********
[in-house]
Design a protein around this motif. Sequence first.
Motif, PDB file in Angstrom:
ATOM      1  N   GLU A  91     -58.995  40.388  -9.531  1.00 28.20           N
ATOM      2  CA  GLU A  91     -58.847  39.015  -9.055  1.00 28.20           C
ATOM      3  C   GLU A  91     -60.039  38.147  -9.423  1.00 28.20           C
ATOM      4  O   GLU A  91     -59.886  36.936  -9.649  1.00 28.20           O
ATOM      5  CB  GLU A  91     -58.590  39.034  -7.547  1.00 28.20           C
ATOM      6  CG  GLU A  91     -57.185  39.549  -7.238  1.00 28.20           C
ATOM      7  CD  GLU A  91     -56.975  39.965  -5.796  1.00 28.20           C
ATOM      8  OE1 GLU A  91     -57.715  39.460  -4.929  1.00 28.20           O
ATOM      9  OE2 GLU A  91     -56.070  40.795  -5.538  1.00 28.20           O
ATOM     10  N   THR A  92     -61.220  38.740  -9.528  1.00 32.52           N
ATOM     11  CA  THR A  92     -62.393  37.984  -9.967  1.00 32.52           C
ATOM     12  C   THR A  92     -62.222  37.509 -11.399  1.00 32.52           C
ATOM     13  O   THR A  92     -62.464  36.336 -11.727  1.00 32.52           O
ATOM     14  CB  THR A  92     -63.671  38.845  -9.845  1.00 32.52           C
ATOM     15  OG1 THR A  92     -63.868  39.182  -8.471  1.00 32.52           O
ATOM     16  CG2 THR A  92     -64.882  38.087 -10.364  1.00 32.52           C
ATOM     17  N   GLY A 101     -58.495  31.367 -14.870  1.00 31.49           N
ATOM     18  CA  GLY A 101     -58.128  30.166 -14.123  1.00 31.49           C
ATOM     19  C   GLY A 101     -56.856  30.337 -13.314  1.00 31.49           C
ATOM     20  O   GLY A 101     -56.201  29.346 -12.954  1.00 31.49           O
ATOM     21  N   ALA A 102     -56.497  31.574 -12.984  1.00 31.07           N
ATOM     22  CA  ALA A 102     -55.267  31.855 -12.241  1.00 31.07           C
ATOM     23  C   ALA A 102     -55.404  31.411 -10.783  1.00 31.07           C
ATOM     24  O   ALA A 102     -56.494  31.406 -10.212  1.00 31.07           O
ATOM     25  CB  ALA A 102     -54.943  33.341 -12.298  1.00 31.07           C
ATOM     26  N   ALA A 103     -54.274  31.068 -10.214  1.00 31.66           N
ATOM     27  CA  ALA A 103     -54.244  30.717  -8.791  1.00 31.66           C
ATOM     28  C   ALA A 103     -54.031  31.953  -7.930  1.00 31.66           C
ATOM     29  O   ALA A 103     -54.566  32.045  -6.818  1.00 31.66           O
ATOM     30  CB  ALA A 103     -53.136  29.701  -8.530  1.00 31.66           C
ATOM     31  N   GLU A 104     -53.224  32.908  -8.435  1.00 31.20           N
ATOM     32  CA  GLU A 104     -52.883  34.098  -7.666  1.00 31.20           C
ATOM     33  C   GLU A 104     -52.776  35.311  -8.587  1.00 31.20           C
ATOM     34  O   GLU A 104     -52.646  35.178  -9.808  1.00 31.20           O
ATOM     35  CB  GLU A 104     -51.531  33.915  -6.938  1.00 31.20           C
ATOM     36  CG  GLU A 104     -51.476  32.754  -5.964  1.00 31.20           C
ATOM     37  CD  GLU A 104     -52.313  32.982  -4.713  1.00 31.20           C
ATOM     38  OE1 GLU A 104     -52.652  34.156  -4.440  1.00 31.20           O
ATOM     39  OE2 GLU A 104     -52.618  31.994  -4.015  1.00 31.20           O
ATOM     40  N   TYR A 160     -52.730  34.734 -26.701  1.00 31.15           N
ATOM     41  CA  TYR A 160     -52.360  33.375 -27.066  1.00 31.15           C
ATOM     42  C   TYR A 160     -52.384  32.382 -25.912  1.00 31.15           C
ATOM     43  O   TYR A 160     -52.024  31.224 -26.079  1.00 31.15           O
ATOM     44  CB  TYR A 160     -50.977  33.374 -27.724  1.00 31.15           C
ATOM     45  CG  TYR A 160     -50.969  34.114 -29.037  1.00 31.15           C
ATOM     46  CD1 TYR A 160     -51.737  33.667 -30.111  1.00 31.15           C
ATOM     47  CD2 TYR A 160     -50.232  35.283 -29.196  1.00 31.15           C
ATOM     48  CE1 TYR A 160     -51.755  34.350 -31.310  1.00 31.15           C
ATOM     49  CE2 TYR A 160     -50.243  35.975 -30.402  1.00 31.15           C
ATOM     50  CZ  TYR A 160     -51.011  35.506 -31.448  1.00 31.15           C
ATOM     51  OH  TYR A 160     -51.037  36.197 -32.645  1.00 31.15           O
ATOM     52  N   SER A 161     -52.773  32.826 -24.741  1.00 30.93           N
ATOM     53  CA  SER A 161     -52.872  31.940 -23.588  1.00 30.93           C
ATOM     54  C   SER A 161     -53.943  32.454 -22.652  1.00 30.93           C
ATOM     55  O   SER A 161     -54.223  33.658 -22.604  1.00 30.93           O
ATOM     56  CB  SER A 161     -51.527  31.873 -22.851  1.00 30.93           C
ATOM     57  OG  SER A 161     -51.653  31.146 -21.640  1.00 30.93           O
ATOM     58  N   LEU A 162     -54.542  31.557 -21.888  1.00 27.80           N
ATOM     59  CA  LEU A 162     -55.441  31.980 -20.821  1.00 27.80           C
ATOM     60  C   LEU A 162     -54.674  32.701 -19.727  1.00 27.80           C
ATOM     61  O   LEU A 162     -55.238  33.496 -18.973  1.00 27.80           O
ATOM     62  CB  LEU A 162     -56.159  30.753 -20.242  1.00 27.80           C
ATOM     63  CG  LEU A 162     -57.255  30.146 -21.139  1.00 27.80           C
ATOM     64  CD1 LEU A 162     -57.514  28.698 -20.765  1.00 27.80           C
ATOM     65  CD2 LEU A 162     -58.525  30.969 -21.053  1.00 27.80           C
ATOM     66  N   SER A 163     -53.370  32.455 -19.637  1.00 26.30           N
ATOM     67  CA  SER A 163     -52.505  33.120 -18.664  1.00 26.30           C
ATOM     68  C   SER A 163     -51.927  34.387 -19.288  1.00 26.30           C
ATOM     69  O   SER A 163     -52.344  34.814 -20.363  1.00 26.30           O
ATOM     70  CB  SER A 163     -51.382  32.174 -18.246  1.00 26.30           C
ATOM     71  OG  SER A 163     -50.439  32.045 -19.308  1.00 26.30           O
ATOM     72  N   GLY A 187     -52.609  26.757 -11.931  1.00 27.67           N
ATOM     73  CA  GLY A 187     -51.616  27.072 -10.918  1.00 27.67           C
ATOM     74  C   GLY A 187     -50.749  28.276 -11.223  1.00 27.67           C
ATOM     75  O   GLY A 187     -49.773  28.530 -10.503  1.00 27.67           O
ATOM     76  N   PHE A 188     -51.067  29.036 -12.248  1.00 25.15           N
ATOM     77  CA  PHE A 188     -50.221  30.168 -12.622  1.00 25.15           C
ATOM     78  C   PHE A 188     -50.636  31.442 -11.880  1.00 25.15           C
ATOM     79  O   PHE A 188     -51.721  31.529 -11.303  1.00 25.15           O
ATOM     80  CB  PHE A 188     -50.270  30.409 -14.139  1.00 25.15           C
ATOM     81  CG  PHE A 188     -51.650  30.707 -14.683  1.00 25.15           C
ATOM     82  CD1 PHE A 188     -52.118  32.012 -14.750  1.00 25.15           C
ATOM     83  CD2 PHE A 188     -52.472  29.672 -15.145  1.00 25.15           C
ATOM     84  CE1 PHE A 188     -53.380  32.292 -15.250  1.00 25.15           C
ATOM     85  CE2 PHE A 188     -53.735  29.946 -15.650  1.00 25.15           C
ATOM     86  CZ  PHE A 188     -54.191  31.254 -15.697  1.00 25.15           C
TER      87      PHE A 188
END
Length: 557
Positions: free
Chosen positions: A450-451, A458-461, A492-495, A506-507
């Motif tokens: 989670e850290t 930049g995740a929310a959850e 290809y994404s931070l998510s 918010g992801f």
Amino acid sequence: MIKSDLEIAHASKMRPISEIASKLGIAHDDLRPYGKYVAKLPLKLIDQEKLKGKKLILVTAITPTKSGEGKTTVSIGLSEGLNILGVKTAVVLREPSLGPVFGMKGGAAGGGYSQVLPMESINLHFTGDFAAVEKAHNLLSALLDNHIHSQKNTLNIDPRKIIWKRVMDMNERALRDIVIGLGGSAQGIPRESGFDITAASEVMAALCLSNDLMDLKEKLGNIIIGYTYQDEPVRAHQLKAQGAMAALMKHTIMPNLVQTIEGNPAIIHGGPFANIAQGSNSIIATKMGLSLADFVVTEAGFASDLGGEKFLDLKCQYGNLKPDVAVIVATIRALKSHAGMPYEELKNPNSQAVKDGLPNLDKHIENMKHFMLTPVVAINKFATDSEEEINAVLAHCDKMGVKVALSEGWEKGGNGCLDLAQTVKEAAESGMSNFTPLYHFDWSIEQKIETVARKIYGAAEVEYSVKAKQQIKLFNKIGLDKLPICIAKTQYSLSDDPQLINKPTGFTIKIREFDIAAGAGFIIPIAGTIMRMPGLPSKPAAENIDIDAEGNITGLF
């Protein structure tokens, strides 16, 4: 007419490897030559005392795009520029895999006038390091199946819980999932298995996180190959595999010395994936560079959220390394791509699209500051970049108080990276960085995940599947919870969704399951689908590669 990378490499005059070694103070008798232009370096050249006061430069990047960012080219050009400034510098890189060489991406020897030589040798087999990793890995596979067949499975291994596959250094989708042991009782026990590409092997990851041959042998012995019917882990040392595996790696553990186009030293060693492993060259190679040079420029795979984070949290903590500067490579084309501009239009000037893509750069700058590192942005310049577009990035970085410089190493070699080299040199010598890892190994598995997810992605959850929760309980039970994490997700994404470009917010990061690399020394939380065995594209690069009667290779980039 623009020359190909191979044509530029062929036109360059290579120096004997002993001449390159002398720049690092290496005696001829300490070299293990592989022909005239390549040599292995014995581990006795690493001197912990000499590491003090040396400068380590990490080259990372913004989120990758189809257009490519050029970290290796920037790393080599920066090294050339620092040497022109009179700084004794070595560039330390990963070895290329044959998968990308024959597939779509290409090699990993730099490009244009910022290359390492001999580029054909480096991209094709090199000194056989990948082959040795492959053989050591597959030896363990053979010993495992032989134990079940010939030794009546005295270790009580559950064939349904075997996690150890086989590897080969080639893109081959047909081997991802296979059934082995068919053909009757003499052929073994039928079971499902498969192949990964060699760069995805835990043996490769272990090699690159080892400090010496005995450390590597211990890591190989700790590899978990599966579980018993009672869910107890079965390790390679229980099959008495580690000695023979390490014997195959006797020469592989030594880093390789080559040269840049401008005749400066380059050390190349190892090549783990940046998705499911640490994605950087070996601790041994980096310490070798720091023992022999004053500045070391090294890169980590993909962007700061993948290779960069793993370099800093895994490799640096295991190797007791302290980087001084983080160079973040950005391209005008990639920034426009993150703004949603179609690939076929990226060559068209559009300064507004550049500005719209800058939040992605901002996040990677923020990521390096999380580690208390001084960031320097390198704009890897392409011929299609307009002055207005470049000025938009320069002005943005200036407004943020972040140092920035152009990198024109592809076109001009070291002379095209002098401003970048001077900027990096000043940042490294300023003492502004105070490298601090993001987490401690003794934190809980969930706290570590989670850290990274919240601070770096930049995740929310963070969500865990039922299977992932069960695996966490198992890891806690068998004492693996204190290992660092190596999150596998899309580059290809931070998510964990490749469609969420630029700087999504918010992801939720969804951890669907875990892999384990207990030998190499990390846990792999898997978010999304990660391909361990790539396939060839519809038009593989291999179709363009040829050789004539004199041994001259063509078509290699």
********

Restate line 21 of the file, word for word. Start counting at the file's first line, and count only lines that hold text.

ATOM     18  CA  GLY A 101     -58.128  30.166 -14.123  1.00 31.49           C